Agents Trading under Their Own Name Not Subject to Regulations…

by Alain Cohen
Director, Ashby Cohen Solicitors, London

A recent decision in the Court
of Appeal emphasised that to
come within the definition of a
“commercial agent” within the
Commercial Agents (Council
Directive) Regulations the
agent has to act on behalf of
the principal and not on his own
behalf.
The case of Sagal (Trading as Bunz UK) and
Atelier Bunz GmbH involved the sale in the
UK by Mr Sagal of jewellery manufactured by
Bunz in Germany.
The important features of the way the
business was done was that Mr Sagal would
take orders from the UK customers and fax
these to Bunz in Germany, Bunz would
deliver the order to the UK customer and
invoice Mr Sagal and Mr Sagal would invoice
the UK customer in his name, requesting
payment to him, Mr Sagal. Mr Sagal would
receive a 20% discount on Bunz’s wholesale
price and would thus pay 80% of that price
to Bunz.

Under the Regulations, agents are entitled to
potentially significant payments on the
termination of the agency agreement, so
determining when the Regulations apply is
crucially important.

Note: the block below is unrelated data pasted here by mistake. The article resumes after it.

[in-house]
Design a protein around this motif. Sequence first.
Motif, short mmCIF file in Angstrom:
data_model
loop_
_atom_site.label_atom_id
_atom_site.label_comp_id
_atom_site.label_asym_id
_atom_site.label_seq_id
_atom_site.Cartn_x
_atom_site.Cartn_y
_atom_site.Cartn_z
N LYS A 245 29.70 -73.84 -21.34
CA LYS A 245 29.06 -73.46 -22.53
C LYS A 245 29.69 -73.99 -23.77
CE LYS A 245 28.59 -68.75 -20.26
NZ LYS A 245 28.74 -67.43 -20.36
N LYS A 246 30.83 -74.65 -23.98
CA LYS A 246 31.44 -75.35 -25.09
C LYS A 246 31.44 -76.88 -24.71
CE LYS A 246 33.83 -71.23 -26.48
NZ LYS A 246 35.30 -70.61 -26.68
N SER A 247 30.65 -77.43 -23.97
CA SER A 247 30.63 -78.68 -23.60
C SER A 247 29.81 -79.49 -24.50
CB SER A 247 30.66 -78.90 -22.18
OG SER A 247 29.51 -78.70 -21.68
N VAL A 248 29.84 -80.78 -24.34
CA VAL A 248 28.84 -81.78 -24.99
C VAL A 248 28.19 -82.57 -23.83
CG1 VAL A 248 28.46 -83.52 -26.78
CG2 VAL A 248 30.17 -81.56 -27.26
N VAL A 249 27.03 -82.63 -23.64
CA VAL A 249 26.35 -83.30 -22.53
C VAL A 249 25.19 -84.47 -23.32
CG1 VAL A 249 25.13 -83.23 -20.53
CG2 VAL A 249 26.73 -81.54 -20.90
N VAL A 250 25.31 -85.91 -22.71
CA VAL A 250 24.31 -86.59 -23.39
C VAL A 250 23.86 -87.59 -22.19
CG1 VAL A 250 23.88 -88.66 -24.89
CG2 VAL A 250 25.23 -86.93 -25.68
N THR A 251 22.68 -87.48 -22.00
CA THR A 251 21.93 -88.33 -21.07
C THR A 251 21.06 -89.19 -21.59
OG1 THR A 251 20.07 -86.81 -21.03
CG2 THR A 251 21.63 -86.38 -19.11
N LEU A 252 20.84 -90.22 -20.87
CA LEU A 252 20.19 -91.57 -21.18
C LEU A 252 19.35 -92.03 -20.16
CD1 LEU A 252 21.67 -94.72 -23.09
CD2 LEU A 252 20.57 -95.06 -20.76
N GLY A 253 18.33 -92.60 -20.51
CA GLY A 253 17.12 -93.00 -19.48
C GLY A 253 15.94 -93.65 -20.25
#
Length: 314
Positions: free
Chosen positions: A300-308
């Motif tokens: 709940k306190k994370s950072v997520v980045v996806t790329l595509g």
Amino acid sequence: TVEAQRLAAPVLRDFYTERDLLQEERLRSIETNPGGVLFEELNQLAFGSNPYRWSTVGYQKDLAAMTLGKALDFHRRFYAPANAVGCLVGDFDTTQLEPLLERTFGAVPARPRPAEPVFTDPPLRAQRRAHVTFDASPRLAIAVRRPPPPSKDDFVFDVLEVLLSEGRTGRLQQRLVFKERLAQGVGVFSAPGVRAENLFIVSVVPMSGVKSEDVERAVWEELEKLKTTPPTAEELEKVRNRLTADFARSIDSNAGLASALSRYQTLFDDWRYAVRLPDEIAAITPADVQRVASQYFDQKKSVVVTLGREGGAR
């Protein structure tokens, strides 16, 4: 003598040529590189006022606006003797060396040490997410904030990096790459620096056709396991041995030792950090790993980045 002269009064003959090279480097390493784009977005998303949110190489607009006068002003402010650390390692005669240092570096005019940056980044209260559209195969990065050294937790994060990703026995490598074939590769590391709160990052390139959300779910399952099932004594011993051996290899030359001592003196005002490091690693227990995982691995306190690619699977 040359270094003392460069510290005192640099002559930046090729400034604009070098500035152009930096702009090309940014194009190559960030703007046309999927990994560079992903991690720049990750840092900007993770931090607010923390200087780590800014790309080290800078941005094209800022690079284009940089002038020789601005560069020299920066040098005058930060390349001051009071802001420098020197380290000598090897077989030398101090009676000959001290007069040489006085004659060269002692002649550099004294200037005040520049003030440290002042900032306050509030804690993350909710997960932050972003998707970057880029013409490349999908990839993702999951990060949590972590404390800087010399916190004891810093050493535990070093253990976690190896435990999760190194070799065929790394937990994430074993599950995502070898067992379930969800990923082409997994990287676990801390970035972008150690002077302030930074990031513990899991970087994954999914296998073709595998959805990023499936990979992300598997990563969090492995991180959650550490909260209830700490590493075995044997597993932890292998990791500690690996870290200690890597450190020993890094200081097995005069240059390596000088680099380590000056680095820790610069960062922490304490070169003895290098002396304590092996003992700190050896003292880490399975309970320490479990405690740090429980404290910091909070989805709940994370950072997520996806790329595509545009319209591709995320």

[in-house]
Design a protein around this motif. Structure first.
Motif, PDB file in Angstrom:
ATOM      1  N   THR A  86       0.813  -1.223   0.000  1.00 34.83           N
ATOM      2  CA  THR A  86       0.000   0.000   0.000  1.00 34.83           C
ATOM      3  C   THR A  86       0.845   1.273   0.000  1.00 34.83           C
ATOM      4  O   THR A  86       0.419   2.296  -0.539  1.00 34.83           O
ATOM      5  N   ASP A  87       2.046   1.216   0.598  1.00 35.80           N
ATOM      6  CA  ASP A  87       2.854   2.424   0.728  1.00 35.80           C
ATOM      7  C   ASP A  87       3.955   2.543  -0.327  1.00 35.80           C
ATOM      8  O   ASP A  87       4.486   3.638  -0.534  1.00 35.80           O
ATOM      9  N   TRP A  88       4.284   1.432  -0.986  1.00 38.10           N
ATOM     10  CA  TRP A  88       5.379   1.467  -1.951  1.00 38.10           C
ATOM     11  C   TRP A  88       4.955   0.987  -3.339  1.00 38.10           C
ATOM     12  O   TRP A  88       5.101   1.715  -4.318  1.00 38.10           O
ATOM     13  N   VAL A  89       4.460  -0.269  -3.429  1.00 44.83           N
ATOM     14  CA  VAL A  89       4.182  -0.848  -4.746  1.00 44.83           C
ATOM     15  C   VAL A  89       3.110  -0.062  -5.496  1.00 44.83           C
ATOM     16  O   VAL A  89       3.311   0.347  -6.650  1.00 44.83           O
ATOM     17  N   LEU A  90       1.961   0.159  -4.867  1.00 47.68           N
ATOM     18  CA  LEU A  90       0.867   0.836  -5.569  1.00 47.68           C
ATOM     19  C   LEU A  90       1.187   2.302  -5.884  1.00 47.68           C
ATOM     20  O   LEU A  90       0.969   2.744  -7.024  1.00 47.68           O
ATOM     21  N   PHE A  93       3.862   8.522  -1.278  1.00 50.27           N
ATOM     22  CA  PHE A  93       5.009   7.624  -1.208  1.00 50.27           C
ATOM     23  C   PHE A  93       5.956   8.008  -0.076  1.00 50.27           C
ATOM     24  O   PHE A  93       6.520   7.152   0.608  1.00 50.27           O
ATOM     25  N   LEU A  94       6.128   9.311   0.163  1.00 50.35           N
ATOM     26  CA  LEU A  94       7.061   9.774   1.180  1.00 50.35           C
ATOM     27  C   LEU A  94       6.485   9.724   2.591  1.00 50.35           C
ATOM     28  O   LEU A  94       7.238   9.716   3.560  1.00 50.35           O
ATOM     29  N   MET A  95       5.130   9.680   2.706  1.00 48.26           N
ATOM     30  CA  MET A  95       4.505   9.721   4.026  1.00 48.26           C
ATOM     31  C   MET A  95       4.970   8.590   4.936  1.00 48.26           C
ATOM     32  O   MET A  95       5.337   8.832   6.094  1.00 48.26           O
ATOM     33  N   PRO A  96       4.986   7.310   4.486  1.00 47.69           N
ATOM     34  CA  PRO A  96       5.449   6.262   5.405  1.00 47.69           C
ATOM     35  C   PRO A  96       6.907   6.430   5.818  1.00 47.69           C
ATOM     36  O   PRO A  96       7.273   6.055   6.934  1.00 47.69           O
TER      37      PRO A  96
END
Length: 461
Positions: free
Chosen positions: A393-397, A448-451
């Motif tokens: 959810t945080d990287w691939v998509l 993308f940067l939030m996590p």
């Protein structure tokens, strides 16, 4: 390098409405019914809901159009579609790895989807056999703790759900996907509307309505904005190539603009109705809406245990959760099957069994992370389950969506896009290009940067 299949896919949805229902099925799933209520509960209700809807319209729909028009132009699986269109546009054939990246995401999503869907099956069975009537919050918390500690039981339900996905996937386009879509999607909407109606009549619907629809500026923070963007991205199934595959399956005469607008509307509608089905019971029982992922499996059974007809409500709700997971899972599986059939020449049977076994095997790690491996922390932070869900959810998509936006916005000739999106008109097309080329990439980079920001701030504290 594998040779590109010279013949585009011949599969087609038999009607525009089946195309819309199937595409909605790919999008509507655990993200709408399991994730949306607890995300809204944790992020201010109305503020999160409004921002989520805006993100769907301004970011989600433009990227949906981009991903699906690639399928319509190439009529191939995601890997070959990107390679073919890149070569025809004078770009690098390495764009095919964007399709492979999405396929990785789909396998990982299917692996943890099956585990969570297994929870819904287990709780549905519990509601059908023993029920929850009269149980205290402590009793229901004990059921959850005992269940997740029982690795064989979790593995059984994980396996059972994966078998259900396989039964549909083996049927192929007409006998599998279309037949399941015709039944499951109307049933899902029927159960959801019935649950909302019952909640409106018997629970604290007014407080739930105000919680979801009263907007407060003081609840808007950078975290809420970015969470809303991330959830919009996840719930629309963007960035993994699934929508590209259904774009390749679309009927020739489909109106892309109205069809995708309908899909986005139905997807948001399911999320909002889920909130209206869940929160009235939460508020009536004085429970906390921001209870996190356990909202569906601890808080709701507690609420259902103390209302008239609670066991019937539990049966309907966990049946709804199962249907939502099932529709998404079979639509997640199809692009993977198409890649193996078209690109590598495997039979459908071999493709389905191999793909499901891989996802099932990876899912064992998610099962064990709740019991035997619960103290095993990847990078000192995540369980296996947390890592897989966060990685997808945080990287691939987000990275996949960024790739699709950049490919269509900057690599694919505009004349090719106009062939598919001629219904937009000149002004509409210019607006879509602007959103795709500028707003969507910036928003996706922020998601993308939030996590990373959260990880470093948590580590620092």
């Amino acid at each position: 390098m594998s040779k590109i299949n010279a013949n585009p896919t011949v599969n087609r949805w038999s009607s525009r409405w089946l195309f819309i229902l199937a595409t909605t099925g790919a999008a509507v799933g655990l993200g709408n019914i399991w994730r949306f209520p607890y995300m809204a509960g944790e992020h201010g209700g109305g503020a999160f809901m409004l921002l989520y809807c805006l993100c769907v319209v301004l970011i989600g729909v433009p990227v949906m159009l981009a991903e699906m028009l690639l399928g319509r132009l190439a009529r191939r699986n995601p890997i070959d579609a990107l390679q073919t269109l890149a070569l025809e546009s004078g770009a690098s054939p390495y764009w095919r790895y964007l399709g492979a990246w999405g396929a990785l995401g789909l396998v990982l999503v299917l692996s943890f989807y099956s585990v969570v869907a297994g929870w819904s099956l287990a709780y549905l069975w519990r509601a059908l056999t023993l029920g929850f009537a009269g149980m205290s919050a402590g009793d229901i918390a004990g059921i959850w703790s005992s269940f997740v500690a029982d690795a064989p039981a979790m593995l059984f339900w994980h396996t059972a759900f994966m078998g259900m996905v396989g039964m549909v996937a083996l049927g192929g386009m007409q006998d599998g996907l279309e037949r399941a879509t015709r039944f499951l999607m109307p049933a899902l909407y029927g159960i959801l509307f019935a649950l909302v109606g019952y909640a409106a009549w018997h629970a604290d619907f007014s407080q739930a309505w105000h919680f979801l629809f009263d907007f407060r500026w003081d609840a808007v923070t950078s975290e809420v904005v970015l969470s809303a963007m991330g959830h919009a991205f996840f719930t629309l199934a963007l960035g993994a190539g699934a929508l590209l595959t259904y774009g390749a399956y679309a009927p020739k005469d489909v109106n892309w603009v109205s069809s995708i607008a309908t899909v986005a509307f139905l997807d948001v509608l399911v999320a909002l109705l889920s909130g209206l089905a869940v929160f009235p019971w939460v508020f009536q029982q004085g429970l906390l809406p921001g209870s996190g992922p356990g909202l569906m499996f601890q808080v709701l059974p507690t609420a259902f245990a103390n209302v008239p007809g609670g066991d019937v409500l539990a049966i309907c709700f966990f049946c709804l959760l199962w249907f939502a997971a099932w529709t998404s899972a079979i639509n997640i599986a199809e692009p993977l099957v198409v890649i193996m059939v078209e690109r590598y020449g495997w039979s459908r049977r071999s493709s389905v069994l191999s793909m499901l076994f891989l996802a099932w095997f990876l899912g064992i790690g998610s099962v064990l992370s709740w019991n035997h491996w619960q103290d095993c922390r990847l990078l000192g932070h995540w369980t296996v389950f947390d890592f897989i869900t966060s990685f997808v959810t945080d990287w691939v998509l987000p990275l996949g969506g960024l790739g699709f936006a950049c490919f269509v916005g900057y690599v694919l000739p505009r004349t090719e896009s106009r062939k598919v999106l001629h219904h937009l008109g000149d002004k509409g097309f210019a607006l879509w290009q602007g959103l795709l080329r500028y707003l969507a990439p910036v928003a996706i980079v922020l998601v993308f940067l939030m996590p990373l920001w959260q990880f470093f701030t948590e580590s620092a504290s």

On the facts, the Court ruled that the agent
was not covered by the Regulations.
However, in its judgment the Court went
further, expressing the view that the
Regulations will not apply when an agent
concludes contracts under its own name,
even if the contracts could otherwise be said
to be made on behalf of the principal.
The Court held that the Regulations only
applied when the principal’s name appeared
on the face of the contract made with the
customer. An agency agreement now
seems unlikely to fall within the scope of the
Regulations unless either:
The principal concludes contracts in the
name of the principal directly with
customers, after the agent has
negotiated them or
The agent has authority from the
principal to conclude contracts with
customers using the principal’s name.

Principals and agents should consider their
current documentation and the way they do
business and determine whether or not the
agent is a “commercial agent” in the light of
the Sagal decision.
The decision also raises the possibility that
principals who are about to enter into a new
agency agreement might effectively opt out
of the Regulations by requiring the agent to
conclude contracts with customers in the
agent’s own name.

Ashby Cohen Solicitors Ltd
18 Hanover Street London W1S 1YN
Tel: 0207 408 1338 Fax: 0207 491 0414
Email: info@ashbycohen.co.uk
www.ashbycohen.co.uk

Disclaimer: This column does not contain legal advice and is for general
guidance only. Agentbase, Ashby Cohen and the writer accept no
liability in connection with the general guidance given in this column.

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